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When I started work at Popular Woodworking in 1996, the goal was to cram as many projects into each issue as possible. No techniques. No tool reviews. Just 17 to 20 projects.

Oh, and we couldn’t use outside authors to help. As a result, we were building all day, everyday. And we were always trying to goose the numbers so we could increase the total count of projects in the issue. Conversations went something like this:

“Let’s see…. The potting bench gets us up to 14 projects. If we add some pegs to the side, that’s a tool rack for spades. Can we count that rack as a project?”

Thankfully, for our sanity and yours, those days are long gone.

During some research on coping saws for an upcoming article, I stumbled on some great plans in an original copy of “Coping Saw Work” by Edward F. Worst (Bruce Publishing, 1927) that I have in my library.

One of the pages features five “paper knives,” what we call letter openers. They have an Arts & Crafts or Art Deco-ish look to them. I scanned them so I could make a few of them (a good use for scraps). And I thought: Dang. I wish I’d found these back in the 1990s. I could have added five projects to an issue of the magazine in one page.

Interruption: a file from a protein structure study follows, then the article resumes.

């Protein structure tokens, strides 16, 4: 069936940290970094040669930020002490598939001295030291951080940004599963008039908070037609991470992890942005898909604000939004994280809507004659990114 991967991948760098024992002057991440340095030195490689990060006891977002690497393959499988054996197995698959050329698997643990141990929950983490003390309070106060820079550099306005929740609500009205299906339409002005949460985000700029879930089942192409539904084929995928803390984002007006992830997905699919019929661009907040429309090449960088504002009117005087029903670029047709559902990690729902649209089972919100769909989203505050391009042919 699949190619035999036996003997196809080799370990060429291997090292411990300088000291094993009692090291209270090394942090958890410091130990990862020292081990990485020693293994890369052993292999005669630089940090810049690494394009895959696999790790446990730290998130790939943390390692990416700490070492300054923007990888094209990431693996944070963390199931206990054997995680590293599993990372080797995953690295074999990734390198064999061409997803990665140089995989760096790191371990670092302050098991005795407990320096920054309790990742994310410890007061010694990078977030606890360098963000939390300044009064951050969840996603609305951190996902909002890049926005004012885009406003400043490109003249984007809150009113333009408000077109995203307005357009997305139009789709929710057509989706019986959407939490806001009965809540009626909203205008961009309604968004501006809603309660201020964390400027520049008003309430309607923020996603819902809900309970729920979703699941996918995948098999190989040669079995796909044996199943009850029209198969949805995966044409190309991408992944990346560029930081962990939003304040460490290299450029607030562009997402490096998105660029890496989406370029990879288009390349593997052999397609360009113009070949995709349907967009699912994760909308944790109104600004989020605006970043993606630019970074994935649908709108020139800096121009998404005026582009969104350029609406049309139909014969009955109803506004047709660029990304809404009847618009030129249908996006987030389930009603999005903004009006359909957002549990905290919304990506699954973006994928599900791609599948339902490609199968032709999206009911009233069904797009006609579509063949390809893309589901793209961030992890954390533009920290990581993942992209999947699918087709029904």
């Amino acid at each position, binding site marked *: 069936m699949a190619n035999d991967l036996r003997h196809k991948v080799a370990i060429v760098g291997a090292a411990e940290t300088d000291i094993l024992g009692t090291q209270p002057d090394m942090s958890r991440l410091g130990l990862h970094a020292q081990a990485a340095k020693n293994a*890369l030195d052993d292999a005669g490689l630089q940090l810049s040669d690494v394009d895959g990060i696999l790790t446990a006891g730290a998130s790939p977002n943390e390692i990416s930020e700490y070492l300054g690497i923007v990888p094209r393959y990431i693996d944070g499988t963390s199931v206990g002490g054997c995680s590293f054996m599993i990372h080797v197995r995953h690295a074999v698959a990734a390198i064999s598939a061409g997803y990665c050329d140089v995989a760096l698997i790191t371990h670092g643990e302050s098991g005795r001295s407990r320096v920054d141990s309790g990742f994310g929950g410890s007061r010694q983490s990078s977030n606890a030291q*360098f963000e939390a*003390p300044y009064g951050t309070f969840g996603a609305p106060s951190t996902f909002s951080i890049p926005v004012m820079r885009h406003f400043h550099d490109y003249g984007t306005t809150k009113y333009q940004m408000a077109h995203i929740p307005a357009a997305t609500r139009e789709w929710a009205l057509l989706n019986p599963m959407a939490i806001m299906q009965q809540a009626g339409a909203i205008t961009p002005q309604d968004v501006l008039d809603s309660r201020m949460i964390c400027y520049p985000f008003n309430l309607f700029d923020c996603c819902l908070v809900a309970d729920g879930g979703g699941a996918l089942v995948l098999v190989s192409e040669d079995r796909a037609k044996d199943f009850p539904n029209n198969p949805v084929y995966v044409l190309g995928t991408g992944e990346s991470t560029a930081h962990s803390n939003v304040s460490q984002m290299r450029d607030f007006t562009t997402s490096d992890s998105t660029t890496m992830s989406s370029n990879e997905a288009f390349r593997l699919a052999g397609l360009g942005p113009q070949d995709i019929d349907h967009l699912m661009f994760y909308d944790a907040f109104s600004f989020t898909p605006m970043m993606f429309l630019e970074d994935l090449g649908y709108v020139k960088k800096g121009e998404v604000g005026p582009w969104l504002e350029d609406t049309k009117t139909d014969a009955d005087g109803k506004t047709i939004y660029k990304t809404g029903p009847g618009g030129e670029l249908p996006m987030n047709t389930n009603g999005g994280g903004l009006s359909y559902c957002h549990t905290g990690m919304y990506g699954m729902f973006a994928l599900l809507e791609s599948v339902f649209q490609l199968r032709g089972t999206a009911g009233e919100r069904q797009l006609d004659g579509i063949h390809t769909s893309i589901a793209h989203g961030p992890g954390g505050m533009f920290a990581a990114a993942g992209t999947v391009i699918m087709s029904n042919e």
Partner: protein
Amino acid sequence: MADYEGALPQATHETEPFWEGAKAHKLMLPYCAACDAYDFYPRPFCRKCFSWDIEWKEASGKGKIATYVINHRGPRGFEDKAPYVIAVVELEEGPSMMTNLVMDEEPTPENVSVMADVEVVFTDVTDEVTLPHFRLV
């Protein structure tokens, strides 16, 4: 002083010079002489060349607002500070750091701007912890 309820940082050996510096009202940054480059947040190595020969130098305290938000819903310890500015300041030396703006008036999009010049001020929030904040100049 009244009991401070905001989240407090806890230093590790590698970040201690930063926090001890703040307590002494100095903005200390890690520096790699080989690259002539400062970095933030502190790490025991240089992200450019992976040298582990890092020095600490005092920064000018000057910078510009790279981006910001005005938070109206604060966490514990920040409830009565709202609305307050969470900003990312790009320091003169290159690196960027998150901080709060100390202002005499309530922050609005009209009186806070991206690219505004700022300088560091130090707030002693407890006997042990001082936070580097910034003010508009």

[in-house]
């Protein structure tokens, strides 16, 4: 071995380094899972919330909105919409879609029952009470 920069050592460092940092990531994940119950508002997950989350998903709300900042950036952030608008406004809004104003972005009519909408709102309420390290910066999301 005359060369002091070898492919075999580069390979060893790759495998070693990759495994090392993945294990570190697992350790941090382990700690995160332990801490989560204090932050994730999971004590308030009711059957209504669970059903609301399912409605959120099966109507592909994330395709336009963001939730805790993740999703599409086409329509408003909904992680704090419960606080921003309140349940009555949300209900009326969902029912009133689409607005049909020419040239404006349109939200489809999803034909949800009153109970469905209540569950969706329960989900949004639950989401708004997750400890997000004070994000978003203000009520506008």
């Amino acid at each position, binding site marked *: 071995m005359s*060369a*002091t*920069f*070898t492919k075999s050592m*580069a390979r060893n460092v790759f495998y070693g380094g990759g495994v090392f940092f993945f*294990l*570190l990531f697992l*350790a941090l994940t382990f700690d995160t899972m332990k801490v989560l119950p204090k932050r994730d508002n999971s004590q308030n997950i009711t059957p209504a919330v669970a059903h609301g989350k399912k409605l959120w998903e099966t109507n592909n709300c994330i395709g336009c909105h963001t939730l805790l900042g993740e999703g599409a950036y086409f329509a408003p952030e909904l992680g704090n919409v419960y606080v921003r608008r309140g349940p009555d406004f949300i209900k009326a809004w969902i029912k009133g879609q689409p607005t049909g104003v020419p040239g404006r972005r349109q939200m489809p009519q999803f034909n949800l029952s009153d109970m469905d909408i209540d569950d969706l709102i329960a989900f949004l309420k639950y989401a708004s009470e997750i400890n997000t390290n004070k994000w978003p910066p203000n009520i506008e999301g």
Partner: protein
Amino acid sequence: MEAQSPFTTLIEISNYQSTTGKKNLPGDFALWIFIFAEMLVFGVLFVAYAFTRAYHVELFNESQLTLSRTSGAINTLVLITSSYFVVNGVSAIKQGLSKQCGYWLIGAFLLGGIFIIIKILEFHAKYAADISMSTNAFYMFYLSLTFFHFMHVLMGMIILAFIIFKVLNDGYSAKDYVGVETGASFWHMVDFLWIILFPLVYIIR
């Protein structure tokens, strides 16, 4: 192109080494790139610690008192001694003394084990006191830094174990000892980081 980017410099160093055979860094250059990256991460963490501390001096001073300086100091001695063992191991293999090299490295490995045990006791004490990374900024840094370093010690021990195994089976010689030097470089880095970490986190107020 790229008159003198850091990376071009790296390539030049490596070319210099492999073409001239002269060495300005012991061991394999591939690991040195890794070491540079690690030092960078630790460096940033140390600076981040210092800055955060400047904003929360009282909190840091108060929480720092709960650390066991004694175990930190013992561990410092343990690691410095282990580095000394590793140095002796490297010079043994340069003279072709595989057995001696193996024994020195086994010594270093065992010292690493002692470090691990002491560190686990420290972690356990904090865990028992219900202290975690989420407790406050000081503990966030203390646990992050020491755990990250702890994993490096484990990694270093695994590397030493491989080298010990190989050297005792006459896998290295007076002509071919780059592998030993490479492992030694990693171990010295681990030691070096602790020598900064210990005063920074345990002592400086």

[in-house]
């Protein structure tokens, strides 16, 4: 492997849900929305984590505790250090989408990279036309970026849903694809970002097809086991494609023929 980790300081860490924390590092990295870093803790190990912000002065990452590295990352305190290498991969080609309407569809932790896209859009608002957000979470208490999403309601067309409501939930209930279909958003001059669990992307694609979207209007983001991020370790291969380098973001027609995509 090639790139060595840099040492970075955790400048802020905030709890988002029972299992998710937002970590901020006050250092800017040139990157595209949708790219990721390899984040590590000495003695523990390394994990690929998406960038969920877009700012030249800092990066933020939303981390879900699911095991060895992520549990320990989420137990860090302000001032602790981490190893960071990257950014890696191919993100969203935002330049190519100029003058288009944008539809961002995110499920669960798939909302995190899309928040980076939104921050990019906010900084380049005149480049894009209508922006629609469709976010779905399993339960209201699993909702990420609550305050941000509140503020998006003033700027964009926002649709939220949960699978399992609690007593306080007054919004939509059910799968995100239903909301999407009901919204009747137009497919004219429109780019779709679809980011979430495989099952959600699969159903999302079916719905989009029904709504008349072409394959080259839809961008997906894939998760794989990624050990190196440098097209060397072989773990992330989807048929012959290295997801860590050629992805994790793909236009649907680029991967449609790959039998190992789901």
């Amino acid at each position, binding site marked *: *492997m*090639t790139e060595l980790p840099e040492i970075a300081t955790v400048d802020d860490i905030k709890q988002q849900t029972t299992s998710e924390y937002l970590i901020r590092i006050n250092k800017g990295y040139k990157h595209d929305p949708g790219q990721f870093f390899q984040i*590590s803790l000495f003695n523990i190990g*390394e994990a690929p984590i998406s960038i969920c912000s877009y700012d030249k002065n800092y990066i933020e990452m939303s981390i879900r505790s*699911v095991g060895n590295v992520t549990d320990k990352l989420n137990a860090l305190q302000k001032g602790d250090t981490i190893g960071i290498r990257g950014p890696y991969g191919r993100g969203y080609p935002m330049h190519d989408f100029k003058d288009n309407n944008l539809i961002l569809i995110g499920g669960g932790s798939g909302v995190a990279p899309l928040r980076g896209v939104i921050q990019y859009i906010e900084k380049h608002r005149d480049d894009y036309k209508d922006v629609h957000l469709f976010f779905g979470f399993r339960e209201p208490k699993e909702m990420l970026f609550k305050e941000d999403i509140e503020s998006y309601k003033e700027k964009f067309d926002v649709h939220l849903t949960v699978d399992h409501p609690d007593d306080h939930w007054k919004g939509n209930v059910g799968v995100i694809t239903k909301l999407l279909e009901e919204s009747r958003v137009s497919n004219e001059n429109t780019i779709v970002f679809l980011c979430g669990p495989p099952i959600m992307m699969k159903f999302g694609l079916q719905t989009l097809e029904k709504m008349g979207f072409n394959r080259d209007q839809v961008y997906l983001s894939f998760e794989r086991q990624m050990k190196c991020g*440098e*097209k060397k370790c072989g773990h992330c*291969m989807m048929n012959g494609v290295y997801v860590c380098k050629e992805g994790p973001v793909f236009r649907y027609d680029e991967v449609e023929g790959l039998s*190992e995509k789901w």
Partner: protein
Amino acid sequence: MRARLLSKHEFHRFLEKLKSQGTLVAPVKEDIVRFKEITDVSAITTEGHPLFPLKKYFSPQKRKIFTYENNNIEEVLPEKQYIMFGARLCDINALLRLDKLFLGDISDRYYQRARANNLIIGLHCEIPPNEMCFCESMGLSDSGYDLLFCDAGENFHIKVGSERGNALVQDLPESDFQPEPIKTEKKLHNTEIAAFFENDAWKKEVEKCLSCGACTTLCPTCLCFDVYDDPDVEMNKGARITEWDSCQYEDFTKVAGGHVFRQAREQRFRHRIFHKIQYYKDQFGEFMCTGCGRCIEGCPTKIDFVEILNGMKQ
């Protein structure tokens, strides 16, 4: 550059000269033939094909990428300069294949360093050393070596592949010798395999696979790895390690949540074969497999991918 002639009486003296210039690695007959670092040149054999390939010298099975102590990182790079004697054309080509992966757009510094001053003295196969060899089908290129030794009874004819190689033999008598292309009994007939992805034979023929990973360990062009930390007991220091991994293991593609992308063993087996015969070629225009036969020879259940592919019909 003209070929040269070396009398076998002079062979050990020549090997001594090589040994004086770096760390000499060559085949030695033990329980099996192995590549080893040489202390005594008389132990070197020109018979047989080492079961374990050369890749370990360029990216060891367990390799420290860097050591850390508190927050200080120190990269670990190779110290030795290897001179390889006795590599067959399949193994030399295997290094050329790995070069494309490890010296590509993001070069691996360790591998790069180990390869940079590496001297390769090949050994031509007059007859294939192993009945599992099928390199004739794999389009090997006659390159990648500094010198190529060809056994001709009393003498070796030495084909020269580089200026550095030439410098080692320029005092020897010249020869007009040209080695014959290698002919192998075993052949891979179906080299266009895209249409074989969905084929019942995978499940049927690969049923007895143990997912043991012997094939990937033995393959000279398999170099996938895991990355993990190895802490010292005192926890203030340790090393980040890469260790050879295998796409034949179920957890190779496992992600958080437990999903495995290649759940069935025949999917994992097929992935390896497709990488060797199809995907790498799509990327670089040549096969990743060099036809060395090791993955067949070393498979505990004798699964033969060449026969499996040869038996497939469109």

In any case, download the image above to your computer to print it out. The file has everything scanned at full size.

— Christopher Schwarz

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Showing 6 comments
  • TPODnSky

    Plate 11? Really? Coincidence or subliminal? You decide.

  • GTBurbank

    That’s why I never used to read it. Any magazine with “pullout plans” was dismissed as a hobby rag. When you changed that, I eventually became a regular. With the death of ” Woodwork” and the destruction of “American Woodworker”, you stepped in and filled a void that was dominated by FWW. Basically, PopWood switched roles with AmWood, and I suspect you may have surpassed FWW in quality of information. Keep up the good work. And skip the pullout plans…

  • locvetter

    Wow, they do have an almost mystical look to them! Must be magic, how the central piece on the left stays put? Or how does that work?

  • Joel Jacobson

    Gosh! Letter openers as email becomes more widespread ….

  • mlingenfelter

    Can you include a Cut List and SketchUp drawing! 🙂


  • Bill Lattanzio

    If it weren’t for Popular Woodworking, I wouldn’t have a coffee cup full of pencils and pens at my workbench AND on my desk at work.

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